Long term, niche products aren’t viable or defensible
A Digiday article talks about the story of Mic.com. It started in 2012 and across its lifetime has raised ~ $60 million. From 2012 until 2019, it has pivoted multiple times, each time struggling to find a moat.
Each of its pivots was an attempt to find a new niche news product at a unique intersection.
Let’s say there is a market out there for people interested in progressive ideas. A subset of that audience will be interested in policymaking. An even smaller subset of that would be young. This narrow niche news product was Mic.com’s first product in 2012.
In 2014, they decided to pivot. This time, Mic.com dropped policy and started covering news, and doubled down on Facebook. But, unfortunately, that was an even narrower market.
In 2016, they dropped Facebook and started focusing on traffic from SEO. In 2017, they dropped articles and started focusing on videos. In 2018, they made one last pivot towards trying to become a content agency.
Eventually, in November 2018, Mic.com laid off the majority of its staff.
What are niches
The idea of intersection comes from set theory in mathematics. Set theory is a branch of mathematical logic that studies sets, which informally are collections of things.
Let’s take an example. There are two sets, A being young people and B being the people who like listening to Pink Floyd. Then the intersection of A and B (represented mathematically as A∩B) is young people who enjoy listening to Pink Floyd.
A niche media product is hyper-targeted to the needs of a particular industry, product category, or other groups of customers with specific needs. Thus, it offers an experience tailored to a particular group of users’ unique needs.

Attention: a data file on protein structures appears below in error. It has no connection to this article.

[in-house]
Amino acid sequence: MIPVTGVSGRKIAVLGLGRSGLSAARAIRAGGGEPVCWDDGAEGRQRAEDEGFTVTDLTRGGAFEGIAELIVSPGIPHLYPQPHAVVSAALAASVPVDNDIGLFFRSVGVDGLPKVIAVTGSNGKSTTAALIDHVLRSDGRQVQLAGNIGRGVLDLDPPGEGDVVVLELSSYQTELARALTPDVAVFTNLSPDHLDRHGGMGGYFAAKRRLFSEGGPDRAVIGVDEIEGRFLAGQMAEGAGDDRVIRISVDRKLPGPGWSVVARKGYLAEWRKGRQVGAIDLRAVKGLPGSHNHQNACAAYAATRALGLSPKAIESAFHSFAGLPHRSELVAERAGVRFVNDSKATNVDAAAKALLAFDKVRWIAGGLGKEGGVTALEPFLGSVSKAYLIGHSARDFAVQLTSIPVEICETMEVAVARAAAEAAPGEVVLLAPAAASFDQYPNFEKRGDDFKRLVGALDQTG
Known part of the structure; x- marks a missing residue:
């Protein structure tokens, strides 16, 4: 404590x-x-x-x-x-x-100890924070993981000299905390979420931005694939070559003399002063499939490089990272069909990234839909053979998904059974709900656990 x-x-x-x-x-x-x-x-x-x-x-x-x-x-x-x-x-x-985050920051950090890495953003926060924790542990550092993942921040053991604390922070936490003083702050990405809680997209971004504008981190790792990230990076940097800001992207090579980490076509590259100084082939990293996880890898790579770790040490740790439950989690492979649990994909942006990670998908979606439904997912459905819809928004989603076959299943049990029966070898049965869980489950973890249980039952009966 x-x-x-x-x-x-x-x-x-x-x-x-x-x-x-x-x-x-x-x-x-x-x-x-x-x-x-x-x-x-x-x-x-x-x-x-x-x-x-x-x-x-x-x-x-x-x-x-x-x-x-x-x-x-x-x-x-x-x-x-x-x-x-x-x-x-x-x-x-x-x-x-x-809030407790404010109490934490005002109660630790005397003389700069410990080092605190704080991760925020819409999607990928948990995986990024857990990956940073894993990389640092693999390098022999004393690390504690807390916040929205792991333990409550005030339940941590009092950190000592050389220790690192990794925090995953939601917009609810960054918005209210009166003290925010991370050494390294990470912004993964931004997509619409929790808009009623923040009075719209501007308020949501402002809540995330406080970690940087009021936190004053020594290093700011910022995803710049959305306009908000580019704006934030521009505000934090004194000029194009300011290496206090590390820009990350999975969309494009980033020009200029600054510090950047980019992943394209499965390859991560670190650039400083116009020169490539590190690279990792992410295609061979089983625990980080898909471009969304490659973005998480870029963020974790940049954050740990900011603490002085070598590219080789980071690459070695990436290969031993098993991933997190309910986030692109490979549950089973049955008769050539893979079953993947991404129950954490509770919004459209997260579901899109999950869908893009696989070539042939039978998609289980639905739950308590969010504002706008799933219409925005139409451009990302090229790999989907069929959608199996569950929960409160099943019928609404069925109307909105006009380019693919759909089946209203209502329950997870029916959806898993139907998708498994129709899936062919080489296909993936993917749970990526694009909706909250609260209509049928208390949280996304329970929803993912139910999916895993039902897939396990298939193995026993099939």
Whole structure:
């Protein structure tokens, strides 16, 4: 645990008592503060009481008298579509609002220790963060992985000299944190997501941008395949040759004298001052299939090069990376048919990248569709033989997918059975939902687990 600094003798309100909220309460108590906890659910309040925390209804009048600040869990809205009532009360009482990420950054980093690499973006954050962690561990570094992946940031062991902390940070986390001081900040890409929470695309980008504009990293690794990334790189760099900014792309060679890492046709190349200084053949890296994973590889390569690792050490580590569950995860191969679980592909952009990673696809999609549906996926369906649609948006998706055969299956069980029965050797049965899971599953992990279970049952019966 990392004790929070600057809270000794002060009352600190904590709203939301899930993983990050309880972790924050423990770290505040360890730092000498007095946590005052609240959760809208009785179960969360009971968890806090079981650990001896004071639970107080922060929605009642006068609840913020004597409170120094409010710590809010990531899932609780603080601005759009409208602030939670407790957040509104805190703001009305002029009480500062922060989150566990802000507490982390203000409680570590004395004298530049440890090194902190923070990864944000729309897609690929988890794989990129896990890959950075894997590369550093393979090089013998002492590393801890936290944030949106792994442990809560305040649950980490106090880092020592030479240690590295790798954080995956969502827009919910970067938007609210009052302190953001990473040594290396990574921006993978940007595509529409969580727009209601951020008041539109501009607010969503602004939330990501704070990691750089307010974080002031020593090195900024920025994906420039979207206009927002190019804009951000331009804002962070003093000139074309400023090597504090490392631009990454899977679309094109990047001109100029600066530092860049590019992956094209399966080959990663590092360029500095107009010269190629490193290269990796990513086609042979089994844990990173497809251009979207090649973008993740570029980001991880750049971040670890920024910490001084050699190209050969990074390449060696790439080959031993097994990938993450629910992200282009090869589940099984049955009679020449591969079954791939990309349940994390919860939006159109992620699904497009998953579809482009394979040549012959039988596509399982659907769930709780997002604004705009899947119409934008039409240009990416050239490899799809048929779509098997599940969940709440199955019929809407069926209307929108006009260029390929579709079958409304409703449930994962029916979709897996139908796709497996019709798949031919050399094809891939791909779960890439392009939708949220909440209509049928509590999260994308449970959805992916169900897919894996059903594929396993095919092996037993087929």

Often startups or new initiatives build unique niches around the following factors: Topic, Political Ideology, Channel, Format, and Prism. For example, NewsDeeply sat at the intersection of single-issue and deep reporting. It covered issues such as the war in Syria, global malnutrition, the health of oceans, the global migration crisis, the water crisis in the US, the economic advancement of women in the developing world, etc.
Yes, there are advantages to launching niches
Prior to the Internet, a writer, journalist, teacher, musician, or performer was restricted by time, energy, and geography. For a niche interest to be viable, there had enough of a following (interest) within a 10-20 km range. The Internet changed all this. Now, you can now reach, connect with and interact with others who are interested in the same obsession.
Yes, a novel new niche is a great way to start a company or launch a product.
Novelty makes it easy to find a landing spot in a crowded market. Unfortunately, when businesses define extremely narrow niches, they dominate that niche by default initially.
But eventually, they struggle.
Broadly, there are only two possibilities.
One possibility is that the niche is often so narrow that. What is ignored is that the competitors of left-leaning-ideology x opinions publication aren’t other left-leaning-ideology x opinions publications but the universal set of all news sites. All news sites, in turn, compete with all media and entertainment. Netflix famously said that their primary competitor isn’t other production houses but sleep.
The second possibility is that. You cannot stop them from copying you.
Ben Smith, in his column in the New York Times, says, “And The Times has swallowed so much of what was once called new media that the paper could read as an uneasy competition of dueling traditions: The Style section is a more polished Gawker, while the opinion pages reflect the best and worst of The Atlantic’s provocations. The magazine publishes bold arguments about race and American history, and the campaign coverage channels Politico’s scoopy aggression. “
In the next post, we evaluate how to find niches.